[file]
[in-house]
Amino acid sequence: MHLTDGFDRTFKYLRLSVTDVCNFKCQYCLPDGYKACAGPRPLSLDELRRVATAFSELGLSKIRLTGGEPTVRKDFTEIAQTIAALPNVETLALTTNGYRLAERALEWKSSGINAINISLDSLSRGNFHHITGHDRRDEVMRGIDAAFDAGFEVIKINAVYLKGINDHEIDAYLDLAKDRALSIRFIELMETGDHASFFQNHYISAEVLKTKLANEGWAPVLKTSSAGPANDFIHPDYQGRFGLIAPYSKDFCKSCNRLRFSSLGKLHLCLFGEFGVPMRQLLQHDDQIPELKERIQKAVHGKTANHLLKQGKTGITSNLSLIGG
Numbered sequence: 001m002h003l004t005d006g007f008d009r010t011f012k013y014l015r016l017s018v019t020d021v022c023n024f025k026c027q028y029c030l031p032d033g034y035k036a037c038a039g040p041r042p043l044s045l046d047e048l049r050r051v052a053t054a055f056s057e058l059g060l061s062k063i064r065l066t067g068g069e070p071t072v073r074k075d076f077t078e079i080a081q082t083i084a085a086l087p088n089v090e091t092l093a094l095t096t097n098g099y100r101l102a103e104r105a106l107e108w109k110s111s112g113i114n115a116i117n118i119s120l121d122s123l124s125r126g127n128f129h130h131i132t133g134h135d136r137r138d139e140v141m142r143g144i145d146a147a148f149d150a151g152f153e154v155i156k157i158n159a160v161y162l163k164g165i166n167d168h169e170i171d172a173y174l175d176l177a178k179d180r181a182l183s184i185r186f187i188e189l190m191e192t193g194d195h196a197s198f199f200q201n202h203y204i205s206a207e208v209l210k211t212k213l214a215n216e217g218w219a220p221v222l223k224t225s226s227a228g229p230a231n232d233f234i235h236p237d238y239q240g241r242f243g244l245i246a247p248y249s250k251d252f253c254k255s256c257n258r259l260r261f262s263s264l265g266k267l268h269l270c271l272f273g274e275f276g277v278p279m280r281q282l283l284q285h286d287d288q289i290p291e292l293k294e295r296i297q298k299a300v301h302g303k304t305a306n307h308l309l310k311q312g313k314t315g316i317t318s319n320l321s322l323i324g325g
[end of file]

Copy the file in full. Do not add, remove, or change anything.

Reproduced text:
[in-house]
Amino acid sequence: MHLTDGFDRTFKYLRLSVTDVCNFKCQYCLPDGYKACAGPRPLSLDELRRVATAFSELGLSKIRLTGGEPTVRKDFTEIAQTIAALPNVETLALTTNGYRLAERALEWKSSGINAINISLDSLSRGNFHHITGHDRRDEVMRGIDAAFDAGFEVIKINAVYLKGINDHEIDAYLDLAKDRALSIRFIELMETGDHASFFQNHYISAEVLKTKLANEGWAPVLKTSSAGPANDFIHPDYQGRFGLIAPYSKDFCKSCNRLRFSSLGKLHLCLFGEFGVPMRQLLQHDDQIPELKERIQKAVHGKTANHLLKQGKTGITSNLSLIGG
Numbered sequence: 001m002h003l004t005d006g007f008d009r010t011f012k013y014l015r016l017s018v019t020d021v022c023n024f025k026c027q028y029c030l031p032d033g034y035k036a037c038a039g040p041r042p043l044s045l046d047e048l049r050r051v052a053t054a055f056s057e058l059g060l061s062k063i064r065l066t067g068g069e070p071t072v073r074k075d076f077t078e079i080a081q082t083i084a085a086l087p088n089v090e091t092l093a094l095t096t097n098g099y100r101l102a103e104r105a106l107e108w109k110s111s112g113i114n115a116i117n118i119s120l121d122s123l124s125r126g127n128f129h130h131i132t133g134h135d136r137r138d139e140v141m142r143g144i145d146a147a148f149d150a151g152f153e154v155i156k157i158n159a160v161y162l163k164g165i166n167d168h169e170i171d172a173y174l175d176l177a178k179d180r181a182l183s184i185r186f187i188e189l190m191e192t193g194d195h196a197s198f199f200q201n202h203y204i205s206a207e208v209l210k211t212k213l214a215n216e217g218w219a220p221v222l223k224t225s226s227a228g229p230a231n232d233f234i235h236p237d238y239q240g241r242f243g244l245i246a247p248y249s250k251d252f253c254k255s256c257n258r259l260r261f262s263s264l265g266k267l268h269l270c271l272f273g274e275f276g277v278p279m280r281q282l283l284q285h286d287d288q289i290p291e292l293k294e295r296i297q298k299a300v301h302g303k304t305a306n307h308l309l310k311q312g313k314t315g316i317t318s319n320l321s322l323i324g325g